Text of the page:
Drivers from three more train companies are set to go on strike later this month, worsening already expected rail disruption.
Drivers working for Hull Trains, Greater Anglia, and Croydon Tramlink have all voted to take industrial action in separate disputes over pay, union Aslef has announced.
Greater Anglia is the owner and operator of the Stansted Express, a direct service between the airport and London Liverpool Street, meaning strike action could cause misery for holidaymakers.
It comes as the RMT union said up to 50,000 of its members across Network Rail, 13 train operators, and the London Underground would walk out on three days in June - the biggest outbreak of rail industrial action since 1989.
Taking place over three days, the strike action threatens to "shut down the system".
Talks between Network Rail and the union are expected to be held in the next few days, with the former drawing up contingency plans to try and ease the disruption to services.
Fewer than one in five trains are likely to run, and only between 7am and 7pm, probably only on main lines.
The majority of the strike action will take place over a nine-day period at the end of June.
The first RMT walkout is scheduled to take place on 21, 23, and 25 June. These strikes are expected to cause disruption to services for six days.
Meanwhile, members of Aslef on Hull Trains will strike on 26 June, at Greater Anglia on 23 June, and on Croydon Tramlink on 28 and 29 June 28 and 13 and 14 July.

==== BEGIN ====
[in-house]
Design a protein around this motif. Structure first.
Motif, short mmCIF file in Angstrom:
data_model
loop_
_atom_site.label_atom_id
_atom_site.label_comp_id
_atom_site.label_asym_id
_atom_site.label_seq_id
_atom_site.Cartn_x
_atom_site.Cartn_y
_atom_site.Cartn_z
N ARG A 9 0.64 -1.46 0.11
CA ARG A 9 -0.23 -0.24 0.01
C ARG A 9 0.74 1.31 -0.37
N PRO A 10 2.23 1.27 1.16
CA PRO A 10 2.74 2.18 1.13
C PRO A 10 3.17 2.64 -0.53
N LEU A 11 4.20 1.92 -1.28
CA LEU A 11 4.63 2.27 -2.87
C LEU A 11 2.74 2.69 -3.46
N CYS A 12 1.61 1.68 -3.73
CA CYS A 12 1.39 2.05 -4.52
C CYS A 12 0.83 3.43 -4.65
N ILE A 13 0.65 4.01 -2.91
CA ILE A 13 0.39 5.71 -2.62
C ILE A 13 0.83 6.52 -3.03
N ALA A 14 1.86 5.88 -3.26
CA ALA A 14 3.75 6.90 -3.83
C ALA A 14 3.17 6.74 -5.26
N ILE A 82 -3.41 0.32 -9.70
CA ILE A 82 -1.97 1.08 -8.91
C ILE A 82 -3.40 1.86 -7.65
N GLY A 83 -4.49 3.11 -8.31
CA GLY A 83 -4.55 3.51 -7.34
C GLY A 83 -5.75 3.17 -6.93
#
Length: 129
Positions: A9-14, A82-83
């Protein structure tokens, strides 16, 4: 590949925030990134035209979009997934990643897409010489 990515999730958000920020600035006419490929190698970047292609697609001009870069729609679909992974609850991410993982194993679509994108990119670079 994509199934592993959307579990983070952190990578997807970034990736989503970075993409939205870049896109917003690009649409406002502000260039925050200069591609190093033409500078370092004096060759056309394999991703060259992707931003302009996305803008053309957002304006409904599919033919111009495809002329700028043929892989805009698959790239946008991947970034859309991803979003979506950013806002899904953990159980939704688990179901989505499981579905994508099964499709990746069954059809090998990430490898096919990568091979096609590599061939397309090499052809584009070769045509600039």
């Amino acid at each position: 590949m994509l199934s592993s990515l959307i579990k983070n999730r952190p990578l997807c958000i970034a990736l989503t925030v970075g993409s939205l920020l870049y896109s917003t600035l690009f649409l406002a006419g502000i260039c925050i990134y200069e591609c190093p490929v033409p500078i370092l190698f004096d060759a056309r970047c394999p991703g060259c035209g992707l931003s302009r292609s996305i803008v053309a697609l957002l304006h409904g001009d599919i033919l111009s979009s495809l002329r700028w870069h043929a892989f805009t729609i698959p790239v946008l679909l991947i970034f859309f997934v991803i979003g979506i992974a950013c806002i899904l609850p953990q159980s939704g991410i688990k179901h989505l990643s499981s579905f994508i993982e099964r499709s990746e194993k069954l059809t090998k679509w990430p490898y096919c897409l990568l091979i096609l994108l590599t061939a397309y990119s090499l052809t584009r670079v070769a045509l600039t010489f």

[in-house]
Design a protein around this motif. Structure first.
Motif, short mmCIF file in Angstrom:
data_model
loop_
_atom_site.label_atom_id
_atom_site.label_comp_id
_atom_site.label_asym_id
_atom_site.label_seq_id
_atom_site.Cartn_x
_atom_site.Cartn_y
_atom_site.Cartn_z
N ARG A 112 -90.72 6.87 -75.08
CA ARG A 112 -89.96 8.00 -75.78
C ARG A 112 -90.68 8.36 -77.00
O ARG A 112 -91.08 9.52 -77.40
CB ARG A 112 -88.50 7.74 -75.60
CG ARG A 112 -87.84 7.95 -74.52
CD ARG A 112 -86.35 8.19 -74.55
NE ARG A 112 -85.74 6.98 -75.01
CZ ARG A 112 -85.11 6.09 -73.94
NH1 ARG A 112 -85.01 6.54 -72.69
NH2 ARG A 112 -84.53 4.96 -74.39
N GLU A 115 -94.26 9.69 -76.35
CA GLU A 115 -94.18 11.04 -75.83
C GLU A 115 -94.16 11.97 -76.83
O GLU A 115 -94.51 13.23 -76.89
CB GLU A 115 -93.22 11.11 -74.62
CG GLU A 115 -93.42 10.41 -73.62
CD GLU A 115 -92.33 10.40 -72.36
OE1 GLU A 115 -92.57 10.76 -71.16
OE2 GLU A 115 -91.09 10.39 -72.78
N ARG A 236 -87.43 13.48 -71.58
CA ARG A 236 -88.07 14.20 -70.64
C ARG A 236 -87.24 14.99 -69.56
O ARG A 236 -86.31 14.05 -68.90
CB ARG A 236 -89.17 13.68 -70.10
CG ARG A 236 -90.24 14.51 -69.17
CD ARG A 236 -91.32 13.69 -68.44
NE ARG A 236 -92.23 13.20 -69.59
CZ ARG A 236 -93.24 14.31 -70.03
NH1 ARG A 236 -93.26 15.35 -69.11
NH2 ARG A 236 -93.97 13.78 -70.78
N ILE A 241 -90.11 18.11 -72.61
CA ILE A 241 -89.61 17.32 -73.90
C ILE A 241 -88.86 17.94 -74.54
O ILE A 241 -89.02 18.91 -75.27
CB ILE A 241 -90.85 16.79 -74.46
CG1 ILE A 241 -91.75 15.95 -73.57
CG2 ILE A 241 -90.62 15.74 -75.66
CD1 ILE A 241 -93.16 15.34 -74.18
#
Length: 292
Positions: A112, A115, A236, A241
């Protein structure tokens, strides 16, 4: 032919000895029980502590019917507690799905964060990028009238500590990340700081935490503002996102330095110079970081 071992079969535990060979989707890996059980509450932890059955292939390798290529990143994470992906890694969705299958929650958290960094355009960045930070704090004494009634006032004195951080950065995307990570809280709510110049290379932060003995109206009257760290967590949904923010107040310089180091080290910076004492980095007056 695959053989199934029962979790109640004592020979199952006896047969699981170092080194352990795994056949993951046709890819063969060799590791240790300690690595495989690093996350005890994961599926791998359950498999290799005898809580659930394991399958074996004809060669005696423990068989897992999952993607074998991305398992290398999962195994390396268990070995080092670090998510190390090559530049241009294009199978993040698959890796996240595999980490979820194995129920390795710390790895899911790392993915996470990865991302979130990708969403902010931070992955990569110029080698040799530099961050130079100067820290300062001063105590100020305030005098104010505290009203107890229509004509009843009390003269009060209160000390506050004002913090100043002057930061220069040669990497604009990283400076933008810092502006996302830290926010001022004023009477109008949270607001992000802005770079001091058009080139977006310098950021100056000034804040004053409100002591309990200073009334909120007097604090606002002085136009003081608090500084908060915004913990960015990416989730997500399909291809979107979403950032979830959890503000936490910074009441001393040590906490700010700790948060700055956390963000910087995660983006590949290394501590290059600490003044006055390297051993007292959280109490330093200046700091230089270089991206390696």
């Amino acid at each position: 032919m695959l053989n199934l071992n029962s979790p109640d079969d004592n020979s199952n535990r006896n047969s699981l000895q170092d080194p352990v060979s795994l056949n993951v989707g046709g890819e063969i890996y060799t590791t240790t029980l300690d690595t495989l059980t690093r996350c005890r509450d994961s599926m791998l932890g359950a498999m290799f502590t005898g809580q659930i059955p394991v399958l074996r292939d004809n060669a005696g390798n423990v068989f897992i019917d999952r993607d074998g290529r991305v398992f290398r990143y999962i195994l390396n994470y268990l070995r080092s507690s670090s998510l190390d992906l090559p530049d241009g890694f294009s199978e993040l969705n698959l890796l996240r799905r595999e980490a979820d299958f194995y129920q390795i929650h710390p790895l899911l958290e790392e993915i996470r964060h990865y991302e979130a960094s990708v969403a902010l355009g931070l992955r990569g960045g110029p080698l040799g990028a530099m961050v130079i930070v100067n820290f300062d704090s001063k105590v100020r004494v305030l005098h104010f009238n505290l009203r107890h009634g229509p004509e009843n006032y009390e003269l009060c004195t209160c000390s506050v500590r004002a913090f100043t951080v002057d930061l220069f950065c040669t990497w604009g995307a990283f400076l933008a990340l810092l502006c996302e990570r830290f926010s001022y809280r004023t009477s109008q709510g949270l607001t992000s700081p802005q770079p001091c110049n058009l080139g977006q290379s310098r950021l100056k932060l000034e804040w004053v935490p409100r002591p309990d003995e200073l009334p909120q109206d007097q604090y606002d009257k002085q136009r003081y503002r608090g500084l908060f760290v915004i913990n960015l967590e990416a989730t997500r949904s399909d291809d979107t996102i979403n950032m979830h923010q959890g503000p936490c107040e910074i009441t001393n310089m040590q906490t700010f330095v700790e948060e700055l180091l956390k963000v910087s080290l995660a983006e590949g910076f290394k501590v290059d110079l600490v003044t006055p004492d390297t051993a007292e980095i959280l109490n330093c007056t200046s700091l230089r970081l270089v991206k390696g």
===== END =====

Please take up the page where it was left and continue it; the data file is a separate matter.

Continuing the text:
Third union could join 'summer of discontent'
Members of a third union, TSSA, could also join the strikes, further compounding the travel chaos.
TSSA has served notice to ballot hundreds of staff at Avanti West Coast in a dispute over pay, conditions and job security.
Strike action at the train line could take place as soon as 13 July, if it is voted upon by the union's 300 members.
TSSA General Secretary Manuel Cortes said: "We could be seeing a summer of discontent across our railways.
"Make no mistake, we are preparing for all options, including coordinated strike action. And if our members go out on strike in Avanti, the trains will stop running."
Avanti operates passenger train services and stations including from London Euston to Birmingham, Crewe, Liverpool, Manchester, and Glasgow.
Ticket offices that 'barely sell a ticket a week'
Speaking in Blackpool today the prime minister said the "time has come" to close inefficient train ticket offices across the UK and replace them with automated systems as part of cutting the costs of transport.
"We are on your side in cutting the costs of transport, not just with the fantastic investments that we are making," Boris Johnson said.
"It is time for us to grasp the nettle of reform and move sensibly and responsibly to end some outdated working practices.
"There are fully-manned ticket offices in this country that barely sell a ticket a week."
He described the closure of ticket offices on the London Underground in favour of automatic ticketing under his tenure as mayor of London as "initially painful" but added: "We successfully made the argument that staff were better and more productively deployed on the platforms interacting with the public.
"The time has come to do the same thing across the transport network."
Labour shows support for rail workers
Earlier today, shadow leveling up secretary Lisa Nandy said she supports rail workers but stopped short of giving direct support for the planned strike action.
"I've stood with our rail workers just like I stood with junior doctors when they protested against the treatment that was being meted out to them by the government, and our nurses as well," she told ITV.
"The way that you create good public services is not to attack the people who run those services, is not to attack those people who work day in, day out in order to try and keep them going - the way you do it is to support them."